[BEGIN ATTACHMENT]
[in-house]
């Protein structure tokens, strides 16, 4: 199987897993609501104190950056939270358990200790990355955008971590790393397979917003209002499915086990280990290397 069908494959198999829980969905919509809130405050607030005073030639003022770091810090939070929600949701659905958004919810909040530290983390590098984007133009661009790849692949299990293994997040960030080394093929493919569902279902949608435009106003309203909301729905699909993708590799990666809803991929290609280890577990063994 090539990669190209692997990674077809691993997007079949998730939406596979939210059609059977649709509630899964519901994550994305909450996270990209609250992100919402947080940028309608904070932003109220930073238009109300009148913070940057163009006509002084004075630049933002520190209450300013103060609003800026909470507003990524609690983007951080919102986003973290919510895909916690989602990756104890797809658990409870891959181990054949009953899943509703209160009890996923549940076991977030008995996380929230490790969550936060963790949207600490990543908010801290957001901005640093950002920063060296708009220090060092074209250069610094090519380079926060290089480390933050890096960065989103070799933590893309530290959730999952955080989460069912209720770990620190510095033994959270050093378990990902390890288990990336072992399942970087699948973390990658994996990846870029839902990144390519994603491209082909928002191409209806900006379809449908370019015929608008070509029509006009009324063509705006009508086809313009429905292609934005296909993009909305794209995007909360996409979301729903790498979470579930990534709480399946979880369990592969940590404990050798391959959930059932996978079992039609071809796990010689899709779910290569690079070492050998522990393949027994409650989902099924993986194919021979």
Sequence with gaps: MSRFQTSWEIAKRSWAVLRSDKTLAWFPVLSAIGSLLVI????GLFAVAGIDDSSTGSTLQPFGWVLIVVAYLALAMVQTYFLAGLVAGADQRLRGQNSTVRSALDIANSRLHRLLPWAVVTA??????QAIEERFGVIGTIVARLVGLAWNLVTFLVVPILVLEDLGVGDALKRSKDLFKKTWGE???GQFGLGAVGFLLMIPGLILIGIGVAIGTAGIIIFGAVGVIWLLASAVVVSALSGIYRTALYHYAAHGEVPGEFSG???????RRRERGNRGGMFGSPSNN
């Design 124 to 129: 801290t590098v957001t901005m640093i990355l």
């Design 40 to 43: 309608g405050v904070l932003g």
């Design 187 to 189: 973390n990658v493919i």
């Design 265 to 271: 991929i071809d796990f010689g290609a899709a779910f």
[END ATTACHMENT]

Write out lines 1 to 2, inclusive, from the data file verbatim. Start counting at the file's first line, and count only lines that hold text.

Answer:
[in-house]
């Protein structure tokens, strides 16, 4: 199987897993609501104190950056939270358990200790990355955008971590790393397979917003209002499915086990280990290397 069908494959198999829980969905919509809130405050607030005073030639003022770091810090939070929600949701659905958004919810909040530290983390590098984007133009661009790849692949299990293994997040960030080394093929493919569902279902949608435009106003309203909301729905699909993708590799990666809803991929290609280890577990063994 090539990669190209692997990674077809691993997007079949998730939406596979939210059609059977649709509630899964519901994550994305909450996270990209609250992100919402947080940028309608904070932003109220930073238009109300009148913070940057163009006509002084004075630049933002520190209450300013103060609003800026909470507003990524609690983007951080919102986003973290919510895909916690989602990756104890797809658990409870891959181990054949009953899943509703209160009890996923549940076991977030008995996380929230490790969550936060963790949207600490990543908010801290957001901005640093950002920063060296708009220090060092074209250069610094090519380079926060290089480390933050890096960065989103070799933590893309530290959730999952955080989460069912209720770990620190510095033994959270050093378990990902390890288990990336072992399942970087699948973390990658994996990846870029839902990144390519994603491209082909928002191409209806900006379809449908370019015929608008070509029509006009009324063509705006009508086809313009429905292609934005296909993009909305794209995007909360996409979301729903790498979470579930990534709480399946979880369990592969940590404990050798391959959930059932996978079992039609071809796990010689899709779910290569690079070492050998522990393949027994409650989902099924993986194919021979």